says: “How much time does Sling Media have before your product becomes a feature, like TiVo?” I asked Krikorian, during an interview earlier this week. “A couple years, at least,” he said, with a certain acceptance that if Sling Media’s service catches on, he will not be so arrogant to try and dominate the market alone. “A technologist has to realize that one day what’s been built is a product, the next day it’s a feature,” said Krikorian. “TiVo had religious issues,” he said, suggesting the personal-video-recording pioneer failed to accept that time-shifting would be a mere add-on. Does that mean place-shifting is a feature and will one day be embedded in cable and satellite boxes too?, I asked. “It could,” he responded. “But a set-top box can get embedded into a Slingbox,” he added in jest, but certainly with the quintessential wide-eyed optimism that entrepreneurs possess.

(via PVRWire)

GM wants to build you a car-based multimedia infrastructure. They envision a system for moving content from various home and portable devices into your car for storage, organization, and presentation. Oh yeah, they want to enforce DRM by tying content to your vehicle identification number (VIN) — surely that’s a first!

GM’s Patent Application says: Apparatus are provided for navigation of multimedia content in a vehicle multimedia system having an embedded database of multimedia files. A navigation interface for controlling playback of the multimedia files and includes a processing unit, an input unit coupled to the processing unit, and a display coupled to the processing unit. The processing unit is configured to couple with the embedded database, determine a playback frequency for each of the multimedia files, and generate a playlist of multimedia files based on the playback frequency. The input unit is configured to initiate playback of the playlist. The display is configured to display the playlist.

[0030] The hard drive 32 has an embedded database containing a list of multimedia file content and stores multimedia files such as found on conventional CDs, DVDs, and other storage mediums. Multimedia files may be downloaded to the data storage device 36 from any number of devices. As best shown in FIG. 2, multimedia files may be downloaded to the data storage device 36 from a conventional CD 40, a compressed audio CD 38 that may be used to store compressed digital audio files such as MP3 files or the like, a portable storage/player device 42 such as a DVD player, a video content storage/player device 46 such as a digital video recorder (DVR), and a personal computer 44. In one exemplary embodiment, the multimedia files are stored as compressed files on the hard drive 32.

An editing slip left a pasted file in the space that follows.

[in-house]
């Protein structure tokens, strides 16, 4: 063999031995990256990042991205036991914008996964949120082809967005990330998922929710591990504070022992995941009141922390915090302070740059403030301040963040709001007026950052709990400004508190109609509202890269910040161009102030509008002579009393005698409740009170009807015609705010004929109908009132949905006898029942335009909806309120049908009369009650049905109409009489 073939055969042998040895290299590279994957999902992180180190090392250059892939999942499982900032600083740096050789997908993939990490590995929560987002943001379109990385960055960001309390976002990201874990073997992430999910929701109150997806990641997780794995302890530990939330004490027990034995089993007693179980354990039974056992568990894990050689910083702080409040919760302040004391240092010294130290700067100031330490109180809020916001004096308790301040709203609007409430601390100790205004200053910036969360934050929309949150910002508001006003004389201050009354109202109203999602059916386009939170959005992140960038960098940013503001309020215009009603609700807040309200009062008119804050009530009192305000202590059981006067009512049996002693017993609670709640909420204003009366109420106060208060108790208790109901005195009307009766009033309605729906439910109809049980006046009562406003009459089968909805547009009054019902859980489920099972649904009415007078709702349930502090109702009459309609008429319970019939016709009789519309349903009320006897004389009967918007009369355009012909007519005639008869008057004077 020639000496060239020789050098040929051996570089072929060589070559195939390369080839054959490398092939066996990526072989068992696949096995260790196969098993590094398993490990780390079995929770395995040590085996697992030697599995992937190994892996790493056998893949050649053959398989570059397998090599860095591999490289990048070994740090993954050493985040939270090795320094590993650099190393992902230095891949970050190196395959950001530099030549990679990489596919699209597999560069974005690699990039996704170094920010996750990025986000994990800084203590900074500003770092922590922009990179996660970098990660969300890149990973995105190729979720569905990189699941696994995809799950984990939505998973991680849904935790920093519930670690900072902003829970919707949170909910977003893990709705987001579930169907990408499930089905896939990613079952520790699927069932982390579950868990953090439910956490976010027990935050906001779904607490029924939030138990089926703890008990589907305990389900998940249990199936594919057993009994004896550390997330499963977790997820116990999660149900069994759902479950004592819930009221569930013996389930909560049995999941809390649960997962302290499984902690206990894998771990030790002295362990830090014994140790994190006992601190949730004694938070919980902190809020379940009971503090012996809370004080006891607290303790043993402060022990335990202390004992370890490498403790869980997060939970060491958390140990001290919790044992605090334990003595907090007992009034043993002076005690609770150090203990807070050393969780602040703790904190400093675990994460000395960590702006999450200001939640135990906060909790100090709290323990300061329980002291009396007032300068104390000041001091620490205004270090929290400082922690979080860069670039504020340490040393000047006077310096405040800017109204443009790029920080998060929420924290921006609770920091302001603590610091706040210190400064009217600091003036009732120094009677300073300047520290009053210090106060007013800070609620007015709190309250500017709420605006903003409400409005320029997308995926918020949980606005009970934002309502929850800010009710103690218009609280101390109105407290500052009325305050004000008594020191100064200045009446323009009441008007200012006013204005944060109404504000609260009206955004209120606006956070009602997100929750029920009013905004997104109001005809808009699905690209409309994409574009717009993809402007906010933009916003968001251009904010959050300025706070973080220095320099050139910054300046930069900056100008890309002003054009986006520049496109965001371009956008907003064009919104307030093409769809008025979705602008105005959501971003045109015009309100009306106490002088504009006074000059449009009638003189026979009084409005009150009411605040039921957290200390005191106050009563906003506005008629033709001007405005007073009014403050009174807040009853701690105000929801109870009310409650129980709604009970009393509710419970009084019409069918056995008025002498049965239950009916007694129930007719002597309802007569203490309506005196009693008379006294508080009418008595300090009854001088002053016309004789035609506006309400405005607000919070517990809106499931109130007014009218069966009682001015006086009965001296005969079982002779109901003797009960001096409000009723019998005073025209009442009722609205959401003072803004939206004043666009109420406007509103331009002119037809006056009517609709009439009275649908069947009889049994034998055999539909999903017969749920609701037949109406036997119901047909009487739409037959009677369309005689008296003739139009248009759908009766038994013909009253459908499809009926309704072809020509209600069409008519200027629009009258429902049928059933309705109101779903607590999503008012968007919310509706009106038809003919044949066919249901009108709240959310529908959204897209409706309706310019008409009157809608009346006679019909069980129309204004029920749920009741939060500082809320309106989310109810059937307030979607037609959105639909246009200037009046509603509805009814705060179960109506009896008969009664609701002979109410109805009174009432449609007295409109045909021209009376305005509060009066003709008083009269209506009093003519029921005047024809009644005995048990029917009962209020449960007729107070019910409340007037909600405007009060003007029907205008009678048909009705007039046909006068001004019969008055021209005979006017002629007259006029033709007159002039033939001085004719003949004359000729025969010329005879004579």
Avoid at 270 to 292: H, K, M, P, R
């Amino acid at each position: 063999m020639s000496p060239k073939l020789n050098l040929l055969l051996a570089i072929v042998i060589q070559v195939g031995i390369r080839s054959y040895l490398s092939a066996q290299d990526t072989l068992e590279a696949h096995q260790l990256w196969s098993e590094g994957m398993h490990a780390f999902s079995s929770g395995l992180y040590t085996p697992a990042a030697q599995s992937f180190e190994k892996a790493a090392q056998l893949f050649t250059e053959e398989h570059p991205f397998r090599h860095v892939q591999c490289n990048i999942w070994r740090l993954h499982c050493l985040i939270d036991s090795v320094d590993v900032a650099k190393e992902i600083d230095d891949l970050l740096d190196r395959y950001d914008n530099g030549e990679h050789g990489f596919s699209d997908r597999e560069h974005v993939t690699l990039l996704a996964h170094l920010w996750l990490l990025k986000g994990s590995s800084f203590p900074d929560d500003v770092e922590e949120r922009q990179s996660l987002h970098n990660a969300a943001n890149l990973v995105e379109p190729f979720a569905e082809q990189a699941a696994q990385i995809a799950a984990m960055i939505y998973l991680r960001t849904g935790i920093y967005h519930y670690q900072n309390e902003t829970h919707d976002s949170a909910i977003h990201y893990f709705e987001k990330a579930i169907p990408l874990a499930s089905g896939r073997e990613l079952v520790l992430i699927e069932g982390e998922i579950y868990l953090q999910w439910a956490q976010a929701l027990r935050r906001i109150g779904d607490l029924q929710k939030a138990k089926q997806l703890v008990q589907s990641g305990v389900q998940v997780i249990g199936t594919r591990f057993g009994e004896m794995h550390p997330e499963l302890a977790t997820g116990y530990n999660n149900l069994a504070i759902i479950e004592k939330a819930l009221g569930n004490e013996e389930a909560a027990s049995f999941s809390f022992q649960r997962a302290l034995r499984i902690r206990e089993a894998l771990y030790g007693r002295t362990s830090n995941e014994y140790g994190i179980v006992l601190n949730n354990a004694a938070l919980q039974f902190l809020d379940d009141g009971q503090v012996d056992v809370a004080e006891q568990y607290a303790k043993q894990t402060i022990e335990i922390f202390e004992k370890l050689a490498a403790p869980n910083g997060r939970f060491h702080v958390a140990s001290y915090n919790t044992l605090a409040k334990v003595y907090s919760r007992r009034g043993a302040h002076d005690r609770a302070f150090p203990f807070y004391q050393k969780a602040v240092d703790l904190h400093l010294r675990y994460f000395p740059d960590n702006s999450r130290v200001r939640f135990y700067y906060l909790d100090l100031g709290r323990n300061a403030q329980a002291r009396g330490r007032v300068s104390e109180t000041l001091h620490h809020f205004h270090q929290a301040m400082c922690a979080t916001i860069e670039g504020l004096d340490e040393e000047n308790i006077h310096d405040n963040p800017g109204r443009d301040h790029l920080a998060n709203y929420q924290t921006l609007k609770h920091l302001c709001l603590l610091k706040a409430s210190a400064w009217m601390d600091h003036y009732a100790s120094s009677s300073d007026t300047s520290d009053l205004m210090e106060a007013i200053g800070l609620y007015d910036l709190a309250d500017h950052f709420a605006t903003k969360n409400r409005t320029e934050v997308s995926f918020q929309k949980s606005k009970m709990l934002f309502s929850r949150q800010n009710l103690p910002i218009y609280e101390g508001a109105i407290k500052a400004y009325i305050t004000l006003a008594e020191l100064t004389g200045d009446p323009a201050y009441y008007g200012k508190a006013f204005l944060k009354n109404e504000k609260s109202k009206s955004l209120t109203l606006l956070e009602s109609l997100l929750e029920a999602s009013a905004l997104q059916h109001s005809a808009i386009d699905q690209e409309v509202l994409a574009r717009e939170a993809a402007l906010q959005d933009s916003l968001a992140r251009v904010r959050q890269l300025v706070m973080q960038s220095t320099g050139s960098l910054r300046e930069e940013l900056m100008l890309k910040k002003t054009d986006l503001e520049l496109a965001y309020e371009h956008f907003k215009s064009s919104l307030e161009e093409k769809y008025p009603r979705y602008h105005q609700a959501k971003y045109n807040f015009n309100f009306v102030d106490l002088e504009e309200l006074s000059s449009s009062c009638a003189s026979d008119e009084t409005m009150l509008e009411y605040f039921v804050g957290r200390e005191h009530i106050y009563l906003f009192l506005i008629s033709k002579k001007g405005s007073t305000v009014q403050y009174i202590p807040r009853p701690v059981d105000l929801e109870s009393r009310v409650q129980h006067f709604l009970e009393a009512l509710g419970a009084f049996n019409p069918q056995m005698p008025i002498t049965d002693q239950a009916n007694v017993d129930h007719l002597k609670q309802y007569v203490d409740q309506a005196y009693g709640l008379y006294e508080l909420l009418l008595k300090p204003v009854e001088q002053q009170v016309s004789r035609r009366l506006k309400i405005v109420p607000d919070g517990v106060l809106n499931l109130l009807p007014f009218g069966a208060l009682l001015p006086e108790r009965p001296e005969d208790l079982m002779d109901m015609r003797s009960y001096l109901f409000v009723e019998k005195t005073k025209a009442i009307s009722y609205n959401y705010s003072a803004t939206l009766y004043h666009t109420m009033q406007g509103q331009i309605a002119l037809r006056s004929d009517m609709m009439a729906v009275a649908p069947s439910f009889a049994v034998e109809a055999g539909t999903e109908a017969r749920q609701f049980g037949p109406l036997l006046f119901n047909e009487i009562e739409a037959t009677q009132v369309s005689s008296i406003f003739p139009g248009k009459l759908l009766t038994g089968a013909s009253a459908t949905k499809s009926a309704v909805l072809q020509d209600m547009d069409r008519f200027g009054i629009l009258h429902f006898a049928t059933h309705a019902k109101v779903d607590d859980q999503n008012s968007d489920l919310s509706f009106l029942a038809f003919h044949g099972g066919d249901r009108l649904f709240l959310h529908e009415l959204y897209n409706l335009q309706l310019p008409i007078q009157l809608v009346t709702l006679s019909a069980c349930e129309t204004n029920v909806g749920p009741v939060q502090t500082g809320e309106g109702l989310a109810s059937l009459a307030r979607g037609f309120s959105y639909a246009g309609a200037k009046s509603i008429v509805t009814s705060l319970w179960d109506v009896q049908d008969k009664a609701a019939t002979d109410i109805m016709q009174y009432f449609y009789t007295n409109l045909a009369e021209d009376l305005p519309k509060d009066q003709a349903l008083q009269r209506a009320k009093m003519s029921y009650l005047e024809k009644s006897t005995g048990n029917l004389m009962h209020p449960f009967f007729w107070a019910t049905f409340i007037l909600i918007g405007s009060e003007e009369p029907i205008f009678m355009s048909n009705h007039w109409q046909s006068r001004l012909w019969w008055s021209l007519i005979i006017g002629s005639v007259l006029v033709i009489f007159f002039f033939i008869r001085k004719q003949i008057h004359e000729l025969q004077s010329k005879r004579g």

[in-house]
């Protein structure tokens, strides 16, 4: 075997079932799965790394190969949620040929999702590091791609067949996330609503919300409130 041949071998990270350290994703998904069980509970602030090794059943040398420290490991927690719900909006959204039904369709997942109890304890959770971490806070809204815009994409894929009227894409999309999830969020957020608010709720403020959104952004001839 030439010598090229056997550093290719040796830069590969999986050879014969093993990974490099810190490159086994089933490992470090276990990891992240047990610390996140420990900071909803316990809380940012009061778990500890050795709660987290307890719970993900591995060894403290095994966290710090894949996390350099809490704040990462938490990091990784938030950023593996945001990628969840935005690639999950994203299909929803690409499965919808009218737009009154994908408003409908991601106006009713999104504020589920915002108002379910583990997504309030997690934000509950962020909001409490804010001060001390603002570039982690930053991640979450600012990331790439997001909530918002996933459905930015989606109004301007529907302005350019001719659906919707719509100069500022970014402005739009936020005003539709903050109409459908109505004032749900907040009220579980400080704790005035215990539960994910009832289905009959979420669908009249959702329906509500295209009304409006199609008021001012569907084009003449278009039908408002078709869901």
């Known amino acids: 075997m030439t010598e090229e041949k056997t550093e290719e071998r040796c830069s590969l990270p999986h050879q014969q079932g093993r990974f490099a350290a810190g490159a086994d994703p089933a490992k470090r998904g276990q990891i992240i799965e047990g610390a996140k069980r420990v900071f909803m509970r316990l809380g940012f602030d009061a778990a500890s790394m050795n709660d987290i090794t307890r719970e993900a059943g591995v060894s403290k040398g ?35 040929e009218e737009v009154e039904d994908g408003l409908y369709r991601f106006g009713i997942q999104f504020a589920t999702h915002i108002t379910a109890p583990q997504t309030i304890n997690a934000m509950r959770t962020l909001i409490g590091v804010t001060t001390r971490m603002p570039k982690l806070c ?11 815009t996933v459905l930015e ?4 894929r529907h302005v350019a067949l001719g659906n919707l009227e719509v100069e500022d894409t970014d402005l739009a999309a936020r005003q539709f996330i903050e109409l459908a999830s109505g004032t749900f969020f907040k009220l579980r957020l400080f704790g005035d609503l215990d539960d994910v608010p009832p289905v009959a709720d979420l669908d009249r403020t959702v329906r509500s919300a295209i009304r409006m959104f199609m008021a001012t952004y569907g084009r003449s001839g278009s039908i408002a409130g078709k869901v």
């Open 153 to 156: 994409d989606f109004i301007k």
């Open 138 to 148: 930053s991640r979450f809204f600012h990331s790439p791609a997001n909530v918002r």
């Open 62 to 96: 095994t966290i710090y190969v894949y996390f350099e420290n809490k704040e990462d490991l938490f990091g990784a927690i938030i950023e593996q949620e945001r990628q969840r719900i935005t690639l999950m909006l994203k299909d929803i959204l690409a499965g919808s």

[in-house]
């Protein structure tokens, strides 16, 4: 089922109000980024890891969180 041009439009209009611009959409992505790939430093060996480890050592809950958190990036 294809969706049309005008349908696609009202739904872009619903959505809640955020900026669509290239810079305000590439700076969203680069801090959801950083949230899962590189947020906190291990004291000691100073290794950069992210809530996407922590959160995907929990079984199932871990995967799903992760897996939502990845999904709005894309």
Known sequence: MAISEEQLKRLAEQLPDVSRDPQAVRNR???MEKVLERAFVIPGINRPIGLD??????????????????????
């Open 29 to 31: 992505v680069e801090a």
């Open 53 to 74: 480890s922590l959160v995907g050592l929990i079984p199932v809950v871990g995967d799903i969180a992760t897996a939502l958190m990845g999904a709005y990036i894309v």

[0031] To preserve DRM protected multimedia files, a public key encoding system may be used to encrypt such multimedia files. For example, a vehicle identification number (VIN) may be used as the public key. In a wireless transfer configuration, the vehicle’s public key may be transmitted over the wireless network to the remotely connected personal computer 44, portable storage/player device 42, video content storage/player device 46, or remote data storage device 26 (FIG. 1) to be used for encrypting content. For an end-to-end DRM scheme, the originating vehicle, such as the vehicle 12 shown in FIG. 1, may authenticate using the VIN as the public key before transfer of content thereto while also preserving DRM protected content from subsequent transfer out of the vehicle 12.

TiVo Hosts… Speed Dating?

Dave Zatz —  February 9, 2006

This one’s pretty amusing… TiVo is hosting a match-making singles party (free drinks!) at a “hip” San Francisco hotel. I can’t decide if this is marketing genius or lunacy.

TiVo says:
Ever wish your TiVo WishList or TiVo Suggestions could score YOU the perfect match? Come flirt with the possibility of finding your own special someone, “TiVo-style.” PLUS get 2 free drinks AND be automatically entered in a raffle for one of 14 brand-new TiVo boxes with product lifetime subscription!

The event will feature TiVo’s special version of speed dating. Attendees will wear name badges that list their favorite shows and they’ll be given a short list of other TiVo fans in attendance who share their same taste in television programs. Singles can then “fast forward” through the crowd to find their TiVo-suggested match. And guests will be given “Thumbs Up” and “Thumbs Down” stickers to privately rate their matches.

Both Sirius and XM have been expanding their sports offerings lately — no doubt to tap into the fanatical multi-gazillion dollar industry. Sirius recently concluded Winter X Games and Super Bowl XL coverage, and moves on to Winter Olympics updates beginning tomorrow. Meanwhile on XM, all 39 games of the World Baseball Classic will be broadcast and Dale Earnhardt Jr. gets a NASCAR show.